Children's Court in her jurisdiction (in addition to (3) Twenty-four hours, but 3 days must elapse consent of parent or guardian) before she can from time of examination and blood test.

marry. (4) There is a 5-day wait, after the license is In many States, and in particular throughout issued, for non-resident women.

the South, marriage between whites and Negroes (5) 'The law does not allow divorce for any cause. is unlawful; marriage between whites and Indians

(6) Adultery is the only ground for absolute is still forbidden in several southern States. In divorce. Residence is not necessary.

Arizona, by a law of 1931, a Malay or Filipino can(7) With or without consent, for men, 16; for not lawfully marry a Caucasian. women, 14. There is a 10 days delay in issuing a Causes for DivorceIn all the States but South license unless parents or guardians give written Carolina the primary cause for divorce is adultery. consent to the marriage. To obtain a divorce 1 In the Philippines it is the only cause for divorce. year of residence required, unless cause for divorce and it is necessary to prove a court conviction of claimed takes place in the Islands,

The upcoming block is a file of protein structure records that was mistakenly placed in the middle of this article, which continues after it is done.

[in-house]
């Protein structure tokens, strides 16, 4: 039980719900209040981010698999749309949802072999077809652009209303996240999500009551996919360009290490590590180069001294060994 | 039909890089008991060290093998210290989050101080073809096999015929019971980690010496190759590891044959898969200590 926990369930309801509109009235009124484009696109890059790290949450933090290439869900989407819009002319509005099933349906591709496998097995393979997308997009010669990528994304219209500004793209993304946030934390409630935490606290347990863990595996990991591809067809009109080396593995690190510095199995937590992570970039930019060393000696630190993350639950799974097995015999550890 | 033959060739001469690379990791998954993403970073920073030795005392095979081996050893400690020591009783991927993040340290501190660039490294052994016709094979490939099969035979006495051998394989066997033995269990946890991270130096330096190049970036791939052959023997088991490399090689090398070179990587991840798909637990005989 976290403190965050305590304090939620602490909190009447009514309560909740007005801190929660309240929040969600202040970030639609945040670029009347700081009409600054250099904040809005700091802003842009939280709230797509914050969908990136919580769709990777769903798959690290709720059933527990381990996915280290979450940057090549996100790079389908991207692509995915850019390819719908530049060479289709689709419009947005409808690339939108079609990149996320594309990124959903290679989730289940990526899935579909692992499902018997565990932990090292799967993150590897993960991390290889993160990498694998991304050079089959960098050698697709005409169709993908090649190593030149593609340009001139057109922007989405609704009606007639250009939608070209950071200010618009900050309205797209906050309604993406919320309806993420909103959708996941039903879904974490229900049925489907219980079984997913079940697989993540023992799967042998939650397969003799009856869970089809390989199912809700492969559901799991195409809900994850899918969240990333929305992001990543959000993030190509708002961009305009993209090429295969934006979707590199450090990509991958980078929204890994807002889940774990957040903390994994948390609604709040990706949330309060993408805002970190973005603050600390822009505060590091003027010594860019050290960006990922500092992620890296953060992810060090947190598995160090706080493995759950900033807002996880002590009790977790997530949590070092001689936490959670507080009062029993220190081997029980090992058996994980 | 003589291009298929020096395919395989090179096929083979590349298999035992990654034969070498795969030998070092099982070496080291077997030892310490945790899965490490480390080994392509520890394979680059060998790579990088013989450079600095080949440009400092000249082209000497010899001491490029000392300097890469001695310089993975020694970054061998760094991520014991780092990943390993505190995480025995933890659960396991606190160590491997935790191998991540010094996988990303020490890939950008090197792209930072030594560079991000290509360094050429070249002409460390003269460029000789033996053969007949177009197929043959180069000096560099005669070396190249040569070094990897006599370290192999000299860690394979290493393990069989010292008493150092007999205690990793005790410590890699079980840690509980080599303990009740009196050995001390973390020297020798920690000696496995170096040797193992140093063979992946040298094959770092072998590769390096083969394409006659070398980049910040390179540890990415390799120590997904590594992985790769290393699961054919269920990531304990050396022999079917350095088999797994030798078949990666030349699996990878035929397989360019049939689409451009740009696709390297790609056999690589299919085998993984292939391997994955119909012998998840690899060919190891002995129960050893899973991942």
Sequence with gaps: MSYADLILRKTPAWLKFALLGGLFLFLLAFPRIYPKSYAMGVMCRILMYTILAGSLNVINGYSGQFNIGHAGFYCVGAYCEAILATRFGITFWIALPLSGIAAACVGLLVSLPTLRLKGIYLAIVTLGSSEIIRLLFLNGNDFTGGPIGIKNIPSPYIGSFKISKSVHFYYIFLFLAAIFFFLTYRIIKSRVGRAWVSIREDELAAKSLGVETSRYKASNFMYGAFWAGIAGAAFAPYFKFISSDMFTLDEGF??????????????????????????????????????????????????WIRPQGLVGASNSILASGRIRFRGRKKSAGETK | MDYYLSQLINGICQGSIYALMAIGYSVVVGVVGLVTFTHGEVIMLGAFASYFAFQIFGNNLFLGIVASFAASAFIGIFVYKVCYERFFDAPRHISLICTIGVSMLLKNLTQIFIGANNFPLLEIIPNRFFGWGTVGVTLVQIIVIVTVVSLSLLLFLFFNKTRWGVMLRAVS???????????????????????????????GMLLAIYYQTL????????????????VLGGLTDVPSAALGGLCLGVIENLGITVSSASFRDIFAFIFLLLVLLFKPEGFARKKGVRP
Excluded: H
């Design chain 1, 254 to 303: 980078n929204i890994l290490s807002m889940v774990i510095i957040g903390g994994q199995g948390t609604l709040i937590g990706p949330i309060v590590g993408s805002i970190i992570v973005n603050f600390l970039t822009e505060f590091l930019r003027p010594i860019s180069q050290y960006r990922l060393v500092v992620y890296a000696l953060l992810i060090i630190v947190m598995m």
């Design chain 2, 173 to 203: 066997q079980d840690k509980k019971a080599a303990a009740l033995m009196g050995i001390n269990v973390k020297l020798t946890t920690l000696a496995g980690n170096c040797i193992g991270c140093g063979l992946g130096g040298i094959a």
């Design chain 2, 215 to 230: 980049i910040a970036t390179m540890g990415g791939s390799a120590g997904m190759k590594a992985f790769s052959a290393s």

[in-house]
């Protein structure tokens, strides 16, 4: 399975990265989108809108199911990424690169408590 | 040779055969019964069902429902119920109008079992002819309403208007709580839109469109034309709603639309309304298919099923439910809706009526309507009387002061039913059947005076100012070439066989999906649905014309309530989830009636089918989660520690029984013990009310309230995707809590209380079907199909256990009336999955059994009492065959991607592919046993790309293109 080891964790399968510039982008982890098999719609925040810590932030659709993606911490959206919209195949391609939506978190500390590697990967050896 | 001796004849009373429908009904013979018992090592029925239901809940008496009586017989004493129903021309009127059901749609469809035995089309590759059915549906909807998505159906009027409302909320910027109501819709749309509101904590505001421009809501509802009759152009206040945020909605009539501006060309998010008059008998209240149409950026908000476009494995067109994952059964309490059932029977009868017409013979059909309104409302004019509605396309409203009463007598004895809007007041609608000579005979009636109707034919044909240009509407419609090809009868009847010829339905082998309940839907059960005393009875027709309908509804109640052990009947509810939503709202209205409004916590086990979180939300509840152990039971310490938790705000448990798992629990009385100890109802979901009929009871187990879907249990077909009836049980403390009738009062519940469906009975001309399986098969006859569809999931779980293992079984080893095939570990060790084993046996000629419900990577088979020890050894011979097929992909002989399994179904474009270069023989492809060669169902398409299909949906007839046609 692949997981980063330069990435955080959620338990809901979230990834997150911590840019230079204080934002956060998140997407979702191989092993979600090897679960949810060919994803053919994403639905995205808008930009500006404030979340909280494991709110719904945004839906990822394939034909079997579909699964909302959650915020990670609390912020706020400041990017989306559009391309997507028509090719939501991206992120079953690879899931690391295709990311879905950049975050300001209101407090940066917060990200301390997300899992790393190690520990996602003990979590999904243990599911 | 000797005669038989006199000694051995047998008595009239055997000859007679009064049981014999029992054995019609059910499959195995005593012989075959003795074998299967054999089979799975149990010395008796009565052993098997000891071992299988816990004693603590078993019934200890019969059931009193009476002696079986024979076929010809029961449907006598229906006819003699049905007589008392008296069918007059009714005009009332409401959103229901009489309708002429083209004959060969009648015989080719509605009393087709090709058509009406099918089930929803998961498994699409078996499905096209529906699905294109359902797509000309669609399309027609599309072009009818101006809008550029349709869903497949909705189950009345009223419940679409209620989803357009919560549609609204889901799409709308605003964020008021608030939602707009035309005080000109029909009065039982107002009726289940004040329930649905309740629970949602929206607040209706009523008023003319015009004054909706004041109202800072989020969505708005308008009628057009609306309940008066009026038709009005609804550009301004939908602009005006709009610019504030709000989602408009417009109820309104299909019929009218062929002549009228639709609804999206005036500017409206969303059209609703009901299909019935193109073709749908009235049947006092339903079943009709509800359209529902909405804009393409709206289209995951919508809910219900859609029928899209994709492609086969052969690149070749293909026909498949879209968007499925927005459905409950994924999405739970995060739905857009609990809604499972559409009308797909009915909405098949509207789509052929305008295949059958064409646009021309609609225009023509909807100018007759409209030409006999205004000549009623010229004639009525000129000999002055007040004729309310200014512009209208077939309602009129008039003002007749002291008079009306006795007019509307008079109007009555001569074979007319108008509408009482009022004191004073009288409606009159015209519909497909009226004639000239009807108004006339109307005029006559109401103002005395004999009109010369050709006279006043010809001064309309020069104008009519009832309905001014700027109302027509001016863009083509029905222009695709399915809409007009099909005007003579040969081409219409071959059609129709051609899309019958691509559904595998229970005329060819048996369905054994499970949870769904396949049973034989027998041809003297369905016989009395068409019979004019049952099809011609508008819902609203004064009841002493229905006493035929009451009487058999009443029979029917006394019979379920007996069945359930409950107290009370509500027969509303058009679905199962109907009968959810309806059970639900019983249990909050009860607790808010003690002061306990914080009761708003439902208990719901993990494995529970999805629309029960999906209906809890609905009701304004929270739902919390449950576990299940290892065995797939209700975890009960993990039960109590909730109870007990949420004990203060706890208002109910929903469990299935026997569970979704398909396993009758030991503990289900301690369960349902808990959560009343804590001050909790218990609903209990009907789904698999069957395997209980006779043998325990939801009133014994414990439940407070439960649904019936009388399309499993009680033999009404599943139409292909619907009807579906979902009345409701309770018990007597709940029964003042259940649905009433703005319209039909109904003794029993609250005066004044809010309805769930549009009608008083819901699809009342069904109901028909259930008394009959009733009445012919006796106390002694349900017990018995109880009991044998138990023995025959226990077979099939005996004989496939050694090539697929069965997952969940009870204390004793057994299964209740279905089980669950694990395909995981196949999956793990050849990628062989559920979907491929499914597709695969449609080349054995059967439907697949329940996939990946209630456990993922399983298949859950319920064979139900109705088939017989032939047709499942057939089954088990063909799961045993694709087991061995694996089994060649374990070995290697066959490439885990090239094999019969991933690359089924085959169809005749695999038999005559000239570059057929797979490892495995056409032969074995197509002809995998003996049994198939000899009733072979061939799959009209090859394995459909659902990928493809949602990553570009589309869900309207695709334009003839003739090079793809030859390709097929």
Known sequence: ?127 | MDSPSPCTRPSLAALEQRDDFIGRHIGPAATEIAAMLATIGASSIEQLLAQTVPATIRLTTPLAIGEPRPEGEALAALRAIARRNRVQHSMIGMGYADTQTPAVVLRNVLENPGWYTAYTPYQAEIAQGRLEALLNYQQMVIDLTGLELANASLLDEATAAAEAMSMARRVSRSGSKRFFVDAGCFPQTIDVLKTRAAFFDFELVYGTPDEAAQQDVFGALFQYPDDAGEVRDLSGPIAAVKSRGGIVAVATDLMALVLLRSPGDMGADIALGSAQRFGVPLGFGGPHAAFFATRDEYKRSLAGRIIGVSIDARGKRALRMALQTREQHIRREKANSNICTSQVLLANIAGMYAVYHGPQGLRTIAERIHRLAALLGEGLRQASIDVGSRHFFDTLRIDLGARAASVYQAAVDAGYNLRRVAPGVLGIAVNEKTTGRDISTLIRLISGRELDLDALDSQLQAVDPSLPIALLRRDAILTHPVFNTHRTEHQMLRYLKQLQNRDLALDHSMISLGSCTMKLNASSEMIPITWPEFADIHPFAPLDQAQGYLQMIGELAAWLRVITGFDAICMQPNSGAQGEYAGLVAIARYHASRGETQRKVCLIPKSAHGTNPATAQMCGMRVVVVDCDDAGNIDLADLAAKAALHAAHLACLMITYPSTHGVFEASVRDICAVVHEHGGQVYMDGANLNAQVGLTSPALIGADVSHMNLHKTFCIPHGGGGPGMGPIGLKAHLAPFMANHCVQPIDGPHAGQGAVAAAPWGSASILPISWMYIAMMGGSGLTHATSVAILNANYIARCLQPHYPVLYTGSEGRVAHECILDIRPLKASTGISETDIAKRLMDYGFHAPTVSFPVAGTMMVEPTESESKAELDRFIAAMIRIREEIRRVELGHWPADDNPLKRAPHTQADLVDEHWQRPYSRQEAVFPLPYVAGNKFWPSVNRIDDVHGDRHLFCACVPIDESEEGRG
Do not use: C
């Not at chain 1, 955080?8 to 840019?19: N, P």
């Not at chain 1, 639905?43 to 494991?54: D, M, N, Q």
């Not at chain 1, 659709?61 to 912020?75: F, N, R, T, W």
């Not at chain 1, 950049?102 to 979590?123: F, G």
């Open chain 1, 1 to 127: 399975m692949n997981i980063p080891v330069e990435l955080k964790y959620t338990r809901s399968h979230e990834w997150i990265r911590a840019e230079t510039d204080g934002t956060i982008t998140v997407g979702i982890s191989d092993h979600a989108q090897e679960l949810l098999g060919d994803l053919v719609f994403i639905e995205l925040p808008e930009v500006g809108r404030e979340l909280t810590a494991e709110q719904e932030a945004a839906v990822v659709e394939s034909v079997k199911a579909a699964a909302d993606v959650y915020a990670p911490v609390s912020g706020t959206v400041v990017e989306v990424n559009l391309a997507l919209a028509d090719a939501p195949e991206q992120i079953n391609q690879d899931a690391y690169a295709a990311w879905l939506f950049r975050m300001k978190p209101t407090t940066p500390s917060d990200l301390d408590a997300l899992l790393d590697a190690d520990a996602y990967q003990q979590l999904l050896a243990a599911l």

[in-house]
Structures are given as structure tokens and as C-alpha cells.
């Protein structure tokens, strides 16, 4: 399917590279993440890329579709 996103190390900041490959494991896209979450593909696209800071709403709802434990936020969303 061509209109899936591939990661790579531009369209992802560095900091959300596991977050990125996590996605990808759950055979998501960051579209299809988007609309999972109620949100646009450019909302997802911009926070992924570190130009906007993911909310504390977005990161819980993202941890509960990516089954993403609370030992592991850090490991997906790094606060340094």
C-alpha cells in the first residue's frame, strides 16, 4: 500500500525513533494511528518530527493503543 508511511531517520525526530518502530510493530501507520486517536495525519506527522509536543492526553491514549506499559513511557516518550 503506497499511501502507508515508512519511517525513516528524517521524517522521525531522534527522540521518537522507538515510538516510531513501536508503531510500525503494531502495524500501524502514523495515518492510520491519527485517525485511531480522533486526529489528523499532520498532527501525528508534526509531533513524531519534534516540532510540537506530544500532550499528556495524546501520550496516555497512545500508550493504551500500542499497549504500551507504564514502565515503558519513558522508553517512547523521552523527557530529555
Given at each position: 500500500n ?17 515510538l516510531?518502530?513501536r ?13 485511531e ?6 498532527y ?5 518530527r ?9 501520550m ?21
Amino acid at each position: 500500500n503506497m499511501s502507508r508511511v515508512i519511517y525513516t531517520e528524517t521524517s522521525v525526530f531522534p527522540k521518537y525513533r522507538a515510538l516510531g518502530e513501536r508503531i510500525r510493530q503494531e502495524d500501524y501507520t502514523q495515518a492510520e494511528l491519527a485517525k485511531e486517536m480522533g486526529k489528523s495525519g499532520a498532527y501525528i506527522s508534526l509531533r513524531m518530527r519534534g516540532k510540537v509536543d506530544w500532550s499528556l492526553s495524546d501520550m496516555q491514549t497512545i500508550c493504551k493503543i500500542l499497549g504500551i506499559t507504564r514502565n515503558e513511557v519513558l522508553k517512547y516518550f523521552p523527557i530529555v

adultery or of concubinage. (8) Three clear days (not counting either day Pregnancy of wife by other than husband at time of application or day of issuance).

of marriage is a stated cause in Alabama, Arizona, Note-Common law prevails, 14 yrs. for male, Georgia, Iowa, Kansas, Kentucky, North Carolina, 12 yrs. for female.

Oklahoma, Tennessee, Virginia and Wyoming. Marriage Licenses---A license of some kind is It is a cause for annulment in the other States

(7)

when it is proved that the husband had no Georgia, Maine, Maryland, Massachusetts, New knowledge of the fact.

Hampshire, Ohio, Texas and Vermont; also in Impotency, if unknown at time of marriage, is a Maryland when husband and wife have voluntarily stated cause in Alabama, Alaska, Arizona, Arkan- Ilved separate and apart for 5 consecutive years. sas, Colorado, Florida, Georgia,